...Frankenstein starts here...Who or what is Frankenstein?Mary Shelley's novel FrankensteinEarly film and theatre adaptations
            of Mary Shelley's novel FrankensteinUniversal Studios Frankenstein films...
            do you know Karloff?Hammer Studios...
            meet Peter CushingFrankenstein movies from the 1970s-1990sMad Professors and monstrous creations...
            Robocops, Re-Animators and androidsMarvel Comics Frankenstein MonsterAny questions ?Read more about Frankenstein!Frankenstein links on the internet!


Introduction

Mary Shelley's Frankenstein, or the Modern Prometheus (1818) is one of the most popular works of gothic horror and science fiction literature and also ranks among the best known novels of English Romanticism. Although most people are in some way familiar with the story, many do not know that it is based on an almost 200-year-old novel, let alone have read it. In fact, the fame of Victor Frankenstein and his creation is based mainly on various adaptations and rewritings of the original 19th-century novel. The Frankenstein myth has entered 20th century popular culture and has become part of it in the same way as Coca Cola, James Bond, Dracula, Levi's Jeans, Mickey Mouse, Elvis Presley or the Beatles. First adaptations of Shelley's novel appeared shortly after its initial publication in the form of plays written for the stage. Since then Frankenstein and his monster have been featured in countless forms, mostly movies, but also horror and science fiction novels by various writers, TV programmes and pop songs. Even children's books and cartoons (e.g. episodes from Looney Tunes/Bugs Bunny, The Flintstones, Tom & Jerry) with a less scary version of the monster were produced; and several toy manufacturers have marketed "Frankenstein" action figures and other Frankenstein-themed toys. 

One popular examples of the use of the "Frankenstein" myth was a 1998 American TV commercial for "Twix" candy bars (dir: Rob Pritts). It is a spoof of a scene from the classic 1931 film version, in which the little girl demands "Twix" from the Monster instead of sharing flowers with it. Proclaiming, "Two for me, none for you!", the Monster ends up sacrificing one of his arms rather than sharing his second "Twix" bar with the little girl.  <font face="Arial" size="1"> This site requires QUICK TIME plug-in</font>

Nowadays many so-called adaptations of Frankenstein are rather exploitations of Mary Shelley's novel. In his Frankenstein Scrapbook Stephen Jones lists hundreds of films featuring mad scientists, artificially created monsters and references to Frankenstein, both novel and film. About 80 films carry the name "Frankenstein" in their title, although many of them have little in common with Mary Shelley's novel and only use the popular name "Frankenstein" to draw people into cinemas. Among these "fake-Frankensteins" are titles like Jesse James Meets Frankenstein's Daughter, Frankenstein Conquers the World (a "Godzilla"-like monster film from Japan) , Dracula Prisoner of Frankenstein, Dracula Vs. Frankenstein and Frankenstein Meets the Space Monsters. Jones even lists a number of porn films exploiting the Frankenstein myth.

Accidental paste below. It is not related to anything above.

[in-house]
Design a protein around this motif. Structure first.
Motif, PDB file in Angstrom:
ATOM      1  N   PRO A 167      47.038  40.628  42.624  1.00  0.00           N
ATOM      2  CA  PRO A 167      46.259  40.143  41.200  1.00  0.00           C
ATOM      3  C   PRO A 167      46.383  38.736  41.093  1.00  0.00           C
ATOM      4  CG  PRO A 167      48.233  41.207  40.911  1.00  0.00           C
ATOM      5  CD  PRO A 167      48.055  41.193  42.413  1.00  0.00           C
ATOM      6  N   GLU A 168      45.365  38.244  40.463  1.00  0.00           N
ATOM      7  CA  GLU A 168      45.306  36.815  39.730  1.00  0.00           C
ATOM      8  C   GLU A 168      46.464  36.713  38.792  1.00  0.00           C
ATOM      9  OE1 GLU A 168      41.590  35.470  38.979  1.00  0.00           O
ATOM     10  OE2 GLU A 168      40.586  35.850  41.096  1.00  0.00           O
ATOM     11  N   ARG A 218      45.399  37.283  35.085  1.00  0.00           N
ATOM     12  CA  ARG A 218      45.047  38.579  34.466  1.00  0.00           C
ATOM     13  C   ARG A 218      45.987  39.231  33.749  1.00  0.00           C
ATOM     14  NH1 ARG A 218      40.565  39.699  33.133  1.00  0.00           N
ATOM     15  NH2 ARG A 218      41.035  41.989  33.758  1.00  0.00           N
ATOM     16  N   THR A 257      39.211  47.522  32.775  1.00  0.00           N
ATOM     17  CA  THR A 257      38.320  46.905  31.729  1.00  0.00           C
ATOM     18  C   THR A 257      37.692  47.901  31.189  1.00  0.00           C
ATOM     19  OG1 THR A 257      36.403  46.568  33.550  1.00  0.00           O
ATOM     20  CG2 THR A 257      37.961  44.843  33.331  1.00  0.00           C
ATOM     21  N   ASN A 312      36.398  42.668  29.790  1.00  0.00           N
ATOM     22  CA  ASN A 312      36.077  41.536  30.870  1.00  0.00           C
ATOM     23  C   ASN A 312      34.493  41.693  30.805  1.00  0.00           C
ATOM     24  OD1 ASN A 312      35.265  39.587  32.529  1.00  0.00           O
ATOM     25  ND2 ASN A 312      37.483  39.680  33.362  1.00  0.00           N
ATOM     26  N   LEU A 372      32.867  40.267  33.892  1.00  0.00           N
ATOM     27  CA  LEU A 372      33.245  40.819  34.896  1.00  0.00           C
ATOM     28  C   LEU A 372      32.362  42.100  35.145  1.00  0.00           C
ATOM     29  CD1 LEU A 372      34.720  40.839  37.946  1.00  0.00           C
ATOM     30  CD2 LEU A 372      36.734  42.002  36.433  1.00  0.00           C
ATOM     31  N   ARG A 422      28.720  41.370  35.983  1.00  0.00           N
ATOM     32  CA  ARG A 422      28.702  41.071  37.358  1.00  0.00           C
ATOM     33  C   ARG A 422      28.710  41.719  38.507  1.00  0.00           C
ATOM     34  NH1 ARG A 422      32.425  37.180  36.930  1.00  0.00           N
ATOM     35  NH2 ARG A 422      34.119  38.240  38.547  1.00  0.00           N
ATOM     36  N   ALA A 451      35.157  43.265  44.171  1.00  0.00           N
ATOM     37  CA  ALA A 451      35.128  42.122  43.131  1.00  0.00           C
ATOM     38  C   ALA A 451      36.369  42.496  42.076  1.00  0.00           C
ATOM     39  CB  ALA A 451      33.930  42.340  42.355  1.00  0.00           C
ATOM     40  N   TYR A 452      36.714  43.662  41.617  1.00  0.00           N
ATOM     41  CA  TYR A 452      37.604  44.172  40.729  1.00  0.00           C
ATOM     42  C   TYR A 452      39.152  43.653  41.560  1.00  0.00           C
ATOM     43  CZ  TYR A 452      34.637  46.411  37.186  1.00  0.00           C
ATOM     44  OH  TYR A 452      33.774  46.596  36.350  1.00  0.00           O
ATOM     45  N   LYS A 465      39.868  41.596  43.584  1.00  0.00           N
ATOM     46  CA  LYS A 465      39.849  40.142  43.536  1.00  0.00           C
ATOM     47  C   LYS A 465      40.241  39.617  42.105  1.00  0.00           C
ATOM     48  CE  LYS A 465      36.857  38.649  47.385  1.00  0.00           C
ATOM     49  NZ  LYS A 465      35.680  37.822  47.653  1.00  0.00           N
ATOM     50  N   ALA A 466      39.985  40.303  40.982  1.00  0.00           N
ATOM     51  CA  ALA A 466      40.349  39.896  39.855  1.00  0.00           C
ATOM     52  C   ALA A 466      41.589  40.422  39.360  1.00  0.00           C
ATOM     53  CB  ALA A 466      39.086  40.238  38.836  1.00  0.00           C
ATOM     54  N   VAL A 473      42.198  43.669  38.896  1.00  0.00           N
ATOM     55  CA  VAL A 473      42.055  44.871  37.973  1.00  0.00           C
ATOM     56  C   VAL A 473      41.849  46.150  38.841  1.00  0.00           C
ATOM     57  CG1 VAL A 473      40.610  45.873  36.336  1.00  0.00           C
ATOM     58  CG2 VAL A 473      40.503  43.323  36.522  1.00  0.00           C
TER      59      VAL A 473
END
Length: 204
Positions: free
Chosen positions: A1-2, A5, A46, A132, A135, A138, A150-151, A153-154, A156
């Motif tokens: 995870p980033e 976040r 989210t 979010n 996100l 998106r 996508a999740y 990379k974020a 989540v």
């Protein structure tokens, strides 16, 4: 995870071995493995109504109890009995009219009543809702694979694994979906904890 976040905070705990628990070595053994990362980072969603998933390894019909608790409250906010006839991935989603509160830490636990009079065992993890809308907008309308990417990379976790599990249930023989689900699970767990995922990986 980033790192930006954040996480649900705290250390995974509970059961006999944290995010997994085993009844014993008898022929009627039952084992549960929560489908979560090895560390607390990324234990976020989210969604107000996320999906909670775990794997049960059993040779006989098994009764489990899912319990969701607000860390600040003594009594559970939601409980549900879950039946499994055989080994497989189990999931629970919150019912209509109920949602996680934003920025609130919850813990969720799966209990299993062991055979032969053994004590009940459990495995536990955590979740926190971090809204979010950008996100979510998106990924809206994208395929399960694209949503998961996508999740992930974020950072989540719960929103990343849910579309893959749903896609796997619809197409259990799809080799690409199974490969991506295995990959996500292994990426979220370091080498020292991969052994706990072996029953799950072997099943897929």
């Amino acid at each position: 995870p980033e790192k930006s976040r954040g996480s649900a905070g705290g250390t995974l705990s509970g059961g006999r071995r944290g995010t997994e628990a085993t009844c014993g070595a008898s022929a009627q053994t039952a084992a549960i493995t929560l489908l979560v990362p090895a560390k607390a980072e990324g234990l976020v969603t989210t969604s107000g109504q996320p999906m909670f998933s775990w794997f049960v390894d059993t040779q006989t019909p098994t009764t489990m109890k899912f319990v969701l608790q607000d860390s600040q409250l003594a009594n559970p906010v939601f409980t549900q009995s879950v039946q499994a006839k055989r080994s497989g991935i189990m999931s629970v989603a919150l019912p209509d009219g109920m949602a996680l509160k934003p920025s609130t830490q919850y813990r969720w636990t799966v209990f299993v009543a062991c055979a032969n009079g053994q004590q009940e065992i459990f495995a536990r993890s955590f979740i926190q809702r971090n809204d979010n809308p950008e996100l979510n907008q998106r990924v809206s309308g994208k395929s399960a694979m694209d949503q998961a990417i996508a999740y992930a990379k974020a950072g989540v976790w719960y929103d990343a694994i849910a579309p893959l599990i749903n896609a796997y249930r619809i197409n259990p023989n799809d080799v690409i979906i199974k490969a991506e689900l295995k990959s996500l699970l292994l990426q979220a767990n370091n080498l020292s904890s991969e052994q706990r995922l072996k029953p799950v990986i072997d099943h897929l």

Unlike Dracula, another great figure from horror literature, Frankenstein has undergone several changes and mutations over the decades. In most Dracula films the vampire is basically the same and the image of Count Dracula conceived in the novel has not been altered. Mary Shelley's creation, on the other hand, has always prompted new interpretations. Literary purists might state that Frankenstein has never been too lucky since most film adaptations were not faithful to the book. Others might say that Frankenstein - much more than Dracula - has inspired artists to create something new out of old parts, just as Victor Frankenstein created the monster by piecing together old body parts. 
The "Twix" commercial perfectly illustrates how the conception of Frankenstein and his monster has changed since the first publication of the book. Of course one of the major changes is the misnaming of the creature. Today the Monster is usually named "Frankenstein" whereas in the novel this is the name of its creator Victor Frankenstein. The Monster has a flat head with bolts in its neck (and the face of Boris Karloff) - originally none of these features were in the novel. And Victor Frankenstein is reduced to the image of the typical "mad scientist", a monomaniac bent on making life out of dead parts. Literary critic Chris Baldick describes the modern Frankenstein myth as a skeleton story requiring only two basic principles:

   a)  Frankenstein makes a living creature out of bits of corpses.

   b)  The creature turns against him and runs amok. (Baldick 1990: 3)